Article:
Recals thy words, recals their dire import :
They urge me on; they bid me ask no more-
What would I ask ? My Theodora's fate,
Ah me! is known too plain. Have I then find,
Good heaven! beyond all grace--But shall I blame

of grief, and in niyself admit Its wild excess? Heaven gave her to my with ; 36; That gift Heaven has resum'd: righteous in both, For both his providence be ever blest !

By shame repress'd, with rifing wonder fillid, Amyntor, flow-recovering into thought, Submissive on his knee, the good man's hand Grasp'd close, and bore with ardour to his lips. His eye, where fear, confusion, reverence spoke, Through swelling tears, what language cannot tell, Now rose to meet, now shun'd the Hermit’s glance, Shot awful at him : till, the various swell Of paffion ebbing, thus he faltering fpoke :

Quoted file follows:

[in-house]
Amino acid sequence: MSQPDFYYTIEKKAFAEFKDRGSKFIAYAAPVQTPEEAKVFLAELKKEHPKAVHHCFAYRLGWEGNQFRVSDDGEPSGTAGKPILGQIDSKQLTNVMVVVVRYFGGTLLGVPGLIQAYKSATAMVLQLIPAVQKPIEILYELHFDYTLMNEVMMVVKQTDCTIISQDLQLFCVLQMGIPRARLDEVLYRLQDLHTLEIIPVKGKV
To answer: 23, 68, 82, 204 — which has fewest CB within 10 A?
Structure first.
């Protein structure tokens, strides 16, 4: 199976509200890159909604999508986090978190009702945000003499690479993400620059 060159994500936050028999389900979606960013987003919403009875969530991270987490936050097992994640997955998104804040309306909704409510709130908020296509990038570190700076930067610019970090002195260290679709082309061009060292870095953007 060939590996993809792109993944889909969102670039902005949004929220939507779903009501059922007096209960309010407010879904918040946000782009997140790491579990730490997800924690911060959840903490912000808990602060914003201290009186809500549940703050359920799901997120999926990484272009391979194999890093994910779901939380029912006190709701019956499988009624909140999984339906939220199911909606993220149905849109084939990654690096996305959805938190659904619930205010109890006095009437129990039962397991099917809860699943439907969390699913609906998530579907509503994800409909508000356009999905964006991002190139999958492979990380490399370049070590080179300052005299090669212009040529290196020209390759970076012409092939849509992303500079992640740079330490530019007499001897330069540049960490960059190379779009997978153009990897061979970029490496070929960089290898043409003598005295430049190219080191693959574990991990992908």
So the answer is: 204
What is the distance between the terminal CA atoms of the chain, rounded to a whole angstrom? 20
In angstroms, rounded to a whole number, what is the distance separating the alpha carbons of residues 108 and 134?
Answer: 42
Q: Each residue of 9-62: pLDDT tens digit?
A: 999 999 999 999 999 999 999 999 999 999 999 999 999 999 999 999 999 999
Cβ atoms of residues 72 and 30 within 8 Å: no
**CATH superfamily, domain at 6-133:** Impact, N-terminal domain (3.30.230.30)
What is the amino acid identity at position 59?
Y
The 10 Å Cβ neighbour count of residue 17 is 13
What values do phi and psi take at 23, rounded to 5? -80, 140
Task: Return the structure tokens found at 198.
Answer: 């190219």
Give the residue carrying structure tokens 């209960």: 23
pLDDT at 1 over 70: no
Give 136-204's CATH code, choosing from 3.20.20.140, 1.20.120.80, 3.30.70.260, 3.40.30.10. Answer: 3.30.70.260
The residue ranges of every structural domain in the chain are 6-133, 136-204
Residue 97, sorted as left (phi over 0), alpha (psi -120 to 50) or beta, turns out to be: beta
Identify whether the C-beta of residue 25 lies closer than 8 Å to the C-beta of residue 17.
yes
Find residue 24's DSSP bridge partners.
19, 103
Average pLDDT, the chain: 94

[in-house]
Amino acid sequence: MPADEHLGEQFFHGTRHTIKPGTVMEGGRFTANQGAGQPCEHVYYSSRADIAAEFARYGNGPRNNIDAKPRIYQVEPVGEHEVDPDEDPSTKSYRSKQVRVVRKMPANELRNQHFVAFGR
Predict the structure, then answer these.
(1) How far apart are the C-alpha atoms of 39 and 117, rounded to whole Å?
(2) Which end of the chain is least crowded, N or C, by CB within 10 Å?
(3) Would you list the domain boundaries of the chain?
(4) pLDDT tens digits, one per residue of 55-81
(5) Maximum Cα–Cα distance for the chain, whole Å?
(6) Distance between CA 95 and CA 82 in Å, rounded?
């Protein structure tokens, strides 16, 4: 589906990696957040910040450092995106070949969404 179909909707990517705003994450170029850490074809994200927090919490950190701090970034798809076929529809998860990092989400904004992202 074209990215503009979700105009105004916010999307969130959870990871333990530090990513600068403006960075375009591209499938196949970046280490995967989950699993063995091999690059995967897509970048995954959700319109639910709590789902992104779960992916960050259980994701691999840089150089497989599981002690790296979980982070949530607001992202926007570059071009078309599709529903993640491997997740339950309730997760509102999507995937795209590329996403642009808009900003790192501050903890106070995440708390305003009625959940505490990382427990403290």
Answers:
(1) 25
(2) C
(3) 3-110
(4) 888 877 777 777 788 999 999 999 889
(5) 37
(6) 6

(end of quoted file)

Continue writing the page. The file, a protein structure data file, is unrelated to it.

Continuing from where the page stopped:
What halt thou done ? why fav'd a wretch unknown ? Whom knowing ev’n thy goodness must abhor. Miftaken man ! the honour of thy name, Thy love, truth, duty, all must be my foes.



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I am-Aurelius ! turn that look aside,
That brow of terror, while this wretch can say,
Abhorrent say, he is-Forgive me, heaven!
Forgive me, virtue ! if I would renounce
Whom nature bids me reverence -by her bond, 385
Rolando's fon : by your more sacred ties,
As to his crimes, an alien to his blood;
For crimes like his

Rolando's son ? Just heaven ! Ha! here? and in my power ? A war of thoughts, 390 All terrible arising, thakes my